RV Extended Service Contracts, commonly known as RV warranties, are a great way to protect your travel budget from unexpected breakdowns. Extended service contracts are separate from warranties, as the term warranty implies an affiliation with the original manufacturer of the unit. We’ll use these terms synonymously throughout this post when referring to extended service contracts.
Warranty protection is great, but is it necessary? What are the chances of my RV actually breaking down?
Although protecting your rig is a personal choice that won’t be right for every traveler, the unfortunate fact is that motorhomes don’t have the best track record when it comes to breakdowns. In reality, 3 out of 10 RVs will have a major breakdown by their second year on the road. One repair alone can dismantle a travel budget with an average cost around $300 for every hour that your camper is in the shop.
That breakdown statistic only rises the longer your rig is on the road, jumping to a surprising 8 out of 10 RVs by the fifth year, and nearly every RV by the eighth year on the road.
So, what exactly does an RV extended warranty cover?
RV warranties cover the mechanical and electrical components of your rig. Within the policy, there are often different coverage levels for personalization depending on your needs. Generally speaking, you can expect coverage to extend to your powertrain, such as your engine and transmission, as well as your coach components like appliances, heating and cooling systems, water systems, and more. High levels of coverage will also pay for repairs to items like your leveling jacks, slide-outs, luxury electronics, and solar panels.
Even the most extensive extended RV warranty on the market will have exclusions. Understanding what’s not covered is an integral part of finding coverage that’s right for you. When you’re working with a dealer or broker, make sure they’re upfront about the limitations of the policy they’re offering. Review the “terms and conditions” of your coverage, which will have a list of exclusions.
Does it matter where I purchase an extended service contract?
The quality of your policy will vary depending on where you purchase it. Finding a program that’s fully-insured is the first step to reliable coverage. A fully insured program means that your claims will be paid even if the warranty provider goes out of business.
Beyond finding a fully-insured provider, find out what other RVers are saying about the company. Check the reputations on customer advocacy organizations, forums, and blogs to see who the RV community recommends for reliable coverage.
How can I make sure my warranty claims get paid?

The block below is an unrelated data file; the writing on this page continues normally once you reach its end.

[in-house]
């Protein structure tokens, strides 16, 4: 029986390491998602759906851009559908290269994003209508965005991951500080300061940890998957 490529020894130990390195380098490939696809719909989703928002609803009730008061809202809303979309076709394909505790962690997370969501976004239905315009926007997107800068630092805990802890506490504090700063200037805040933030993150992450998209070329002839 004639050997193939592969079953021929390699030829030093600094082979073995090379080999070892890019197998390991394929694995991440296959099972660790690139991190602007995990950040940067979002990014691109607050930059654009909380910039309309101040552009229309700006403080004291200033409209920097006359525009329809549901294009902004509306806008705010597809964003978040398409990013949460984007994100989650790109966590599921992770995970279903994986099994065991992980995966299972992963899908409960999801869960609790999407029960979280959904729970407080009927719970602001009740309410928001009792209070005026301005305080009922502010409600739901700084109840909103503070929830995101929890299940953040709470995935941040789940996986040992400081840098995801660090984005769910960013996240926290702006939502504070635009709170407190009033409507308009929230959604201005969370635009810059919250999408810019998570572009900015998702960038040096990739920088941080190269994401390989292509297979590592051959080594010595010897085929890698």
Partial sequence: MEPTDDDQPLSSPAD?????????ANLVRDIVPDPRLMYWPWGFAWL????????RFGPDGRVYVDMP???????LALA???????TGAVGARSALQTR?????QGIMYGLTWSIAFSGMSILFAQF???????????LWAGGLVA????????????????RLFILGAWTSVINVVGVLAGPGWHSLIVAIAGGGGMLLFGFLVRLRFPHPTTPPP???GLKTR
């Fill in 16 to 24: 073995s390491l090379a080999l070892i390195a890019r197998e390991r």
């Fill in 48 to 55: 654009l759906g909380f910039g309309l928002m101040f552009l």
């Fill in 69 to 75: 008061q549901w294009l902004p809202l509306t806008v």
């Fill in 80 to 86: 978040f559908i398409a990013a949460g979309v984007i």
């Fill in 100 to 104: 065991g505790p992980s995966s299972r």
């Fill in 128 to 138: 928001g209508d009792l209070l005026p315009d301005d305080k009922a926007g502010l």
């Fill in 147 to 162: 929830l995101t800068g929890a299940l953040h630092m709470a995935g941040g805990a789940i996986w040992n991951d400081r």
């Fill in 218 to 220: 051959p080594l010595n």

If you’ve never had a warranty before, claims can be a headache, especially when you’re dealing with an unexpected failure. The last thing you want to worry about when you’re stuck on the side of the road is if your warranty provider will pay out your claim.
This checklist provides digestible steps on how to file a successful RV extended warranty claim. Simply put, the most important part of the claims process is getting a pre-authorization number from the provider before any work begins on your rig.
At Wholesale Warranties, we have an in-house claims specialist and specified warranty specialist available to help you through the lifetime of your policy. Although most claims are resolved within the first phone call, having a company that will go up to bat for you during a difficult claim can be the most valuable asset of any policy.
What additional benefits and coverage are important to have?
Some warranties can be highly personalized with additional benefits and coverage. First things first, read your policy from front to back. Get a grasp on any ancillary benefits already included in your warranty, such as emergency roadside assistance and trip interruption benefits.
Although a great base to have on any policy, there are limits to ancillary benefits. You may want to consider full-coverage options for things like emergency roadside assistance and tire and wheel protection. The road isn’t always smooth, and the additional peace-of-mind is worth it.
Consequential loss coverage is often an overlooked add-on that can devastate any travel budget if not in place. “Consequential damage” refers to damage on a covered part caused by the action or inaction of a non-covered part. These failures are excluded by every base contract, but some providers will give you the option for this additional coverage.
While the cost of RVs has skyrocketed with advanced tech and upgraded components, the cost of getting coverage on your investment gives an affordable alternative to costly repair bills. It’s truly an extra layer of protection to maintain consistency in your budget and lifestyle. Although you don’t legally need a warranty to drive on the road with an RV, can you afford not to?